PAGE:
I came across an article Nabeel Qureshi wrote a couple of years ago and thought it was a good reminder of how we should view people who challenge our belief in Jesus:
Years after I became a Christian, I considered the events surrounding my conversion and wondered why I had not responded to Christ earlier. The answer came quickly: there was so much I had to give up to become a Christian. Of course, I never said “I’m not accepting the gospel because of what it will cost me.” Rather, the cost colored the way I received and processed the gospel.
Because of my own path, I know well that simply addressing thoughts is not enough to present the gospel; I must respond to a questioner’s heart. When a Muslim questioner comes to the microphone, I have the bizarre privilege of seeing my younger self trying to attack me. And I am reminded again that as I experienced the love of my friend who won my trust while sharing the truth with me, so must I address both the heart and the mind. I have to address not only the intellectual component of my challenger’s questions but also evince the truth that he is, in fact, already broken, and there is only One who can restore him. The irony is that I am answering his question for a single purpose: while he is asking it to tear me down, I am answering it to build him up.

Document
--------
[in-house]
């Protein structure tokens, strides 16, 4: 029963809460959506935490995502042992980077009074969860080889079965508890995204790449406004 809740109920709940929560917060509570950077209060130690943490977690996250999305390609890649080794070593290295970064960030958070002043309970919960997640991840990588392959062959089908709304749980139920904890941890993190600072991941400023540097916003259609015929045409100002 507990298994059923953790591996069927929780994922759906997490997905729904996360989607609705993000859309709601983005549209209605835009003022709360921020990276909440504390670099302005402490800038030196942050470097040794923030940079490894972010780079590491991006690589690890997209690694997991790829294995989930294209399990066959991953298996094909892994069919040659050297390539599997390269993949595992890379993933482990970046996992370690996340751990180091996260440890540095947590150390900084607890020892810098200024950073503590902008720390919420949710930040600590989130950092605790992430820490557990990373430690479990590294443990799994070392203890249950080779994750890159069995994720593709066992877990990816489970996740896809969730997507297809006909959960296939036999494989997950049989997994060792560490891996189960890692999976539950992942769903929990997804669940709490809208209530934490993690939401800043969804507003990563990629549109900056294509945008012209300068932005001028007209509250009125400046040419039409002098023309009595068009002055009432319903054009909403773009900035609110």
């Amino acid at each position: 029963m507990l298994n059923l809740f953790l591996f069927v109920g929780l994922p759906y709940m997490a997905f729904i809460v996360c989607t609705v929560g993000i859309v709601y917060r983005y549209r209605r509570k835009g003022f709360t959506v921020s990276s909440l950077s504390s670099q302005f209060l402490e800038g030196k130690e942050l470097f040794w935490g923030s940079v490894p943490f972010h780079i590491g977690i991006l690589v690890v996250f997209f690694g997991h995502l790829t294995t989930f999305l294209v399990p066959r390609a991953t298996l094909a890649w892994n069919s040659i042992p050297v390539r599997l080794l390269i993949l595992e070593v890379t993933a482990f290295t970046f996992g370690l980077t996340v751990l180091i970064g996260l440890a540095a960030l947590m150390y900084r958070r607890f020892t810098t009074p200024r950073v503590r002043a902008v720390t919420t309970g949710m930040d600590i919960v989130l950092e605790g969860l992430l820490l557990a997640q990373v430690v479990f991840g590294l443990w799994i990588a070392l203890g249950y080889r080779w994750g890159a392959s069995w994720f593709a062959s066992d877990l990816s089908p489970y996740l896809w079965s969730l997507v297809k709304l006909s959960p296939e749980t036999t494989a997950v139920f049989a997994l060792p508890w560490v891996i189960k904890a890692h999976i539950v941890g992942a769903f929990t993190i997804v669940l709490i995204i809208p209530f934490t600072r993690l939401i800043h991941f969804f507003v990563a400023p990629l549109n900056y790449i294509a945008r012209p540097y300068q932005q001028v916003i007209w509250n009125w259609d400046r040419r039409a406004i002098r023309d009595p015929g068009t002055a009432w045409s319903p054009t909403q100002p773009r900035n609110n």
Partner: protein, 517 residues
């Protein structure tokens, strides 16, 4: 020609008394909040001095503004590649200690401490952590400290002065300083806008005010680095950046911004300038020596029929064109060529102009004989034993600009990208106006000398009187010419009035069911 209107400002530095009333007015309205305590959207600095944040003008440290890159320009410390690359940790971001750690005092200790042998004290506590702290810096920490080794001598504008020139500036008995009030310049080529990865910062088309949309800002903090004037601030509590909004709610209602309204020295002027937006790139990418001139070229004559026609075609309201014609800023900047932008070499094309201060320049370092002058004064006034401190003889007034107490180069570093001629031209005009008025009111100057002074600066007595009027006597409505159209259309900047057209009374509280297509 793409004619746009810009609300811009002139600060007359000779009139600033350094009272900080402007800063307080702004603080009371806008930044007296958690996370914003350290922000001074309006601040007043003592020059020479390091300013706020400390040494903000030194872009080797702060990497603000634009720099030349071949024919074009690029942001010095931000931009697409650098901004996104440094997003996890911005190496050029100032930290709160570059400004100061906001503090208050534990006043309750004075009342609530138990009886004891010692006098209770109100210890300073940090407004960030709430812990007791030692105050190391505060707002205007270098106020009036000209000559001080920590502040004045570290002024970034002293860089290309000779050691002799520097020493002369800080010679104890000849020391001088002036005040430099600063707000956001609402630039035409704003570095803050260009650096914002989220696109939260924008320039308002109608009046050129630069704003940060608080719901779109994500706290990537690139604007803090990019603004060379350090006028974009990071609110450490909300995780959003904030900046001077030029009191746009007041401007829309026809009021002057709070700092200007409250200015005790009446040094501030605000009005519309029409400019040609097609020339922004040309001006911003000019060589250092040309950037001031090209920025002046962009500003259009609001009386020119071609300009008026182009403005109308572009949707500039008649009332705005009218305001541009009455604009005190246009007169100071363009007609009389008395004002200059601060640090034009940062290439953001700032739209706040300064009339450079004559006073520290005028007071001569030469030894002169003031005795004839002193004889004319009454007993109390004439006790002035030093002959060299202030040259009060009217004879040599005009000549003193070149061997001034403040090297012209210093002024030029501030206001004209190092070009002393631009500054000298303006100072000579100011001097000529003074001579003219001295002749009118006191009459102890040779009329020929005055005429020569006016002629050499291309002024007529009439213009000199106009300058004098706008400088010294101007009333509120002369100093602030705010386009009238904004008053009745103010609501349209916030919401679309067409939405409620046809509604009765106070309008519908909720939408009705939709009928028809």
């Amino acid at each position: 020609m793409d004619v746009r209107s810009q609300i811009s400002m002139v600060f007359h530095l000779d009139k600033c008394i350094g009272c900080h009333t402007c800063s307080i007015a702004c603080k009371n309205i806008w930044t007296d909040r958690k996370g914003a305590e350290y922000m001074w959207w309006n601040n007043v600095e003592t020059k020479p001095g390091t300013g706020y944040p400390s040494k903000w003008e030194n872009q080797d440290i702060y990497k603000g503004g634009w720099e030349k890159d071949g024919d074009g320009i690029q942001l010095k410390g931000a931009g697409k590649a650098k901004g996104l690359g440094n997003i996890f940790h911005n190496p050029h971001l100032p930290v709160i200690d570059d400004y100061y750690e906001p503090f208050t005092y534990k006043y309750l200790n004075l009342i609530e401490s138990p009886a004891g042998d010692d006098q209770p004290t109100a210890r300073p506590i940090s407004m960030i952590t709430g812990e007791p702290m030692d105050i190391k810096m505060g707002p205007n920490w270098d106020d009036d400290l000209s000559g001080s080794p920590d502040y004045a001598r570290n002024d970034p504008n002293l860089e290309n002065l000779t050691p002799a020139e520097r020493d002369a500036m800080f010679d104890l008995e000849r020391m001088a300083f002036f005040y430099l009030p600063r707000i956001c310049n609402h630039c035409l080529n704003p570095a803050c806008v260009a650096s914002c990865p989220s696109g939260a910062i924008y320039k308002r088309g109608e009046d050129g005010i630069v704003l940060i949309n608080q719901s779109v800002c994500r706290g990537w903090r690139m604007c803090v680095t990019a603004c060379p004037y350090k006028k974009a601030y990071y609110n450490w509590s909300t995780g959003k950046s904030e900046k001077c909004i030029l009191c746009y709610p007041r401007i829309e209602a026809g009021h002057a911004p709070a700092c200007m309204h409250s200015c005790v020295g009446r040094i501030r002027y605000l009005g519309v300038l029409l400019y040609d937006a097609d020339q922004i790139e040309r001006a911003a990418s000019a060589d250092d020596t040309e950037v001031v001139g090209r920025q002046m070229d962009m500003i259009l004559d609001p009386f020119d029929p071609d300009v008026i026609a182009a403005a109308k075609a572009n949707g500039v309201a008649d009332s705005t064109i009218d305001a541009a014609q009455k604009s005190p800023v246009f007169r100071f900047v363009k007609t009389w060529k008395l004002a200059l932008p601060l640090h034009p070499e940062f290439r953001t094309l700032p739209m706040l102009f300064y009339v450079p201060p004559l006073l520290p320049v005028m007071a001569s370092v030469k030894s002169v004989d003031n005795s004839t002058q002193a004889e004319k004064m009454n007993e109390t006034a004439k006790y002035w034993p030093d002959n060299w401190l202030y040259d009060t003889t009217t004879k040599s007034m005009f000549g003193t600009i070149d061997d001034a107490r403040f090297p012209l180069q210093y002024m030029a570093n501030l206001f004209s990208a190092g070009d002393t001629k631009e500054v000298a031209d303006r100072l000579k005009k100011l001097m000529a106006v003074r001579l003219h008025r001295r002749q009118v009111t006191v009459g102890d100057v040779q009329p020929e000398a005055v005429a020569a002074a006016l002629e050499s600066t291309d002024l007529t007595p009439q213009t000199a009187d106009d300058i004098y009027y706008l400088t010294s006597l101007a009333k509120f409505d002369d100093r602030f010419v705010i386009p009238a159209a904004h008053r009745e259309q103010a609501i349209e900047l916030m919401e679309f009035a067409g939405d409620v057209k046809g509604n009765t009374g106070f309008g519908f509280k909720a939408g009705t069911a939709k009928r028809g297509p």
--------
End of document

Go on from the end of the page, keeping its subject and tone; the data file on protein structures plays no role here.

Following Christ will cost a person his whole life. Do not forget the effect this fact will have on the way people hear and consider your arguments. Have mercy, and be patient. The Bible says of Jesus, “A battered reed He will not break off, and a smoldering wick He will not put out” (Matt. 12:20). As people who represent Jesus, we are to have His gentleness and compassion. So, as Nabeel said, when someone is challenging you in order to “tear you down,” remember you are there to build him up.